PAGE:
But it's not so far-fetched and my gut reaction is probably wrong. Anstress Farwell, the urban design aficionado from New Haven who knows the house and the neighborhood well, wrote to me yesterday with the news that right next door to the Brown house was another mid-century modern designed by Granbery. It's gone, she said, "demolished a few years ago by Tom Coville, an art dealer."

Farwell not only knows the neighborhood and the house but she knew the Browns. Here's what she wrote to me:

I lived there almost every year for twenty plus years - whenever Betty and Ralph took a trip. So I know it in all seasons and times. It's a wonderful place. She was exquisitely perceptive about light, and she framed views and choose colors to create a number of subtle atmospheres in the house. She always wanted the play of color outdoors to dominate. -- ta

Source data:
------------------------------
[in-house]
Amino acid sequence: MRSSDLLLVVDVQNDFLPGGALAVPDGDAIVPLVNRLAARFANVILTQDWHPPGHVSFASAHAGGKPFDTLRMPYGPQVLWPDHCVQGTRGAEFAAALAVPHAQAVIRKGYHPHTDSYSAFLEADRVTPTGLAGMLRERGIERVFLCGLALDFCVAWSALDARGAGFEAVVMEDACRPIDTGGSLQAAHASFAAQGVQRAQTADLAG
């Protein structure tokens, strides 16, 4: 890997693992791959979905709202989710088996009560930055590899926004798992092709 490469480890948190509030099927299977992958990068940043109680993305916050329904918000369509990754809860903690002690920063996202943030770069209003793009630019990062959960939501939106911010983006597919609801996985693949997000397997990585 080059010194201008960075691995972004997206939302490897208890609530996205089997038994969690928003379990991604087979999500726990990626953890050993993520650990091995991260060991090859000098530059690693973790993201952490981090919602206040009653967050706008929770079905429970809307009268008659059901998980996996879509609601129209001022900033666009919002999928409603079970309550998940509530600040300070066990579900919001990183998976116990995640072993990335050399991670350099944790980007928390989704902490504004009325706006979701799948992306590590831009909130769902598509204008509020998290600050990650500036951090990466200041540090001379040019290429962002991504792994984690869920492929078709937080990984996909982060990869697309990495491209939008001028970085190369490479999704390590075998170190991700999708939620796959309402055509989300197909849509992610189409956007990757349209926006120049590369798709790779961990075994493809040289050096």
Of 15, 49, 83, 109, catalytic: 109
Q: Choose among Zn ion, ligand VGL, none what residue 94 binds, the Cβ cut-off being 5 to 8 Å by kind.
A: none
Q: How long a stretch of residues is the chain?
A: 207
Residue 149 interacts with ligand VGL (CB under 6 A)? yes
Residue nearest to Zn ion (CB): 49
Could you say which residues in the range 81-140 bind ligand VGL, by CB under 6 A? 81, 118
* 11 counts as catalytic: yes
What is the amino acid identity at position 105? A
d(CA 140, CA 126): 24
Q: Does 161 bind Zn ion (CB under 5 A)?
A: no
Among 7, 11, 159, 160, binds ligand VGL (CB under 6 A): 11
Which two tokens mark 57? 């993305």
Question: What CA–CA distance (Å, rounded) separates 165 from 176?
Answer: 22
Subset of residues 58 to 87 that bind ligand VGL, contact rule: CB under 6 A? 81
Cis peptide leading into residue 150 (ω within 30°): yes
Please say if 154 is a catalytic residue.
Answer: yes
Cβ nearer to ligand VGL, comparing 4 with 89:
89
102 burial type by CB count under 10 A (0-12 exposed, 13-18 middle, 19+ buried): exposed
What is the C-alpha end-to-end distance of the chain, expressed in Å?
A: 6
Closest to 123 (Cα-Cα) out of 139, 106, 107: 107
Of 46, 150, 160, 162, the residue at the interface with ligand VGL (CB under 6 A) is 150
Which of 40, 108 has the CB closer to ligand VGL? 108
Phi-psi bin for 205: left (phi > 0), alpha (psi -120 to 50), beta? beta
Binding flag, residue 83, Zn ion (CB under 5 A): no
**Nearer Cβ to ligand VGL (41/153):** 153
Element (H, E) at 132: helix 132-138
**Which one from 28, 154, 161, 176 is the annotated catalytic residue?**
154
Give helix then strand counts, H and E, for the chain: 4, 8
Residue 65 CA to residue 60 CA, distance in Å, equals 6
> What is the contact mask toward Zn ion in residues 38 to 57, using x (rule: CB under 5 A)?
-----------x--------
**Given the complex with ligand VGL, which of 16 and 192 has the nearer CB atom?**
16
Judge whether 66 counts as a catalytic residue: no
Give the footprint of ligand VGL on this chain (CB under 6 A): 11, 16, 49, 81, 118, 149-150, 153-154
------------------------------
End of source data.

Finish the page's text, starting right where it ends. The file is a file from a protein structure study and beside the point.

The Modern House of a Leading Historic Preservationist

Elizabeth Mills Brown, who died about a year ago at age 91, was one of the original champions of historic preservation in Connecticut, and in New Haven in particular. She produced what a fan of hers describes as "one of the most important works of nonfiction ever written about any American city" -- New Haven: A Guide to Architecture and Urban Design. She served on Connecticut's review board for the National Register of Historic Places. She helped found the Connecticut Trust for Historic Preservation because of, among other things, "the new and vast scale of destruction unleashed when ... an ideology of modernism and walloping amounts of federal redevelopment funds combined to create the means and rationale for catastrophic urban renewal projects." And when the weekend came around and Betty Brown, as she was known, needed to get away from New Haven and the hard work of preserving the old, she retreated to what looks like a terrific little modern house on the shore of Long Island Sound, in Guilford.

I wrote that paragraph to make it sound like Betty Brown might have been an old-fashioned biddy more interested in preserving the ancient than in the modern. But that's a false irony. Anstress Farwell, another fan of hers, wrote:

Betty had a keen appreciation of modern and historic architecture. She worked to preserve the best of both.

And in this memorial essay, Farwell quoted Brown's reaction to a modern building in New Haven (one that I can't say I love):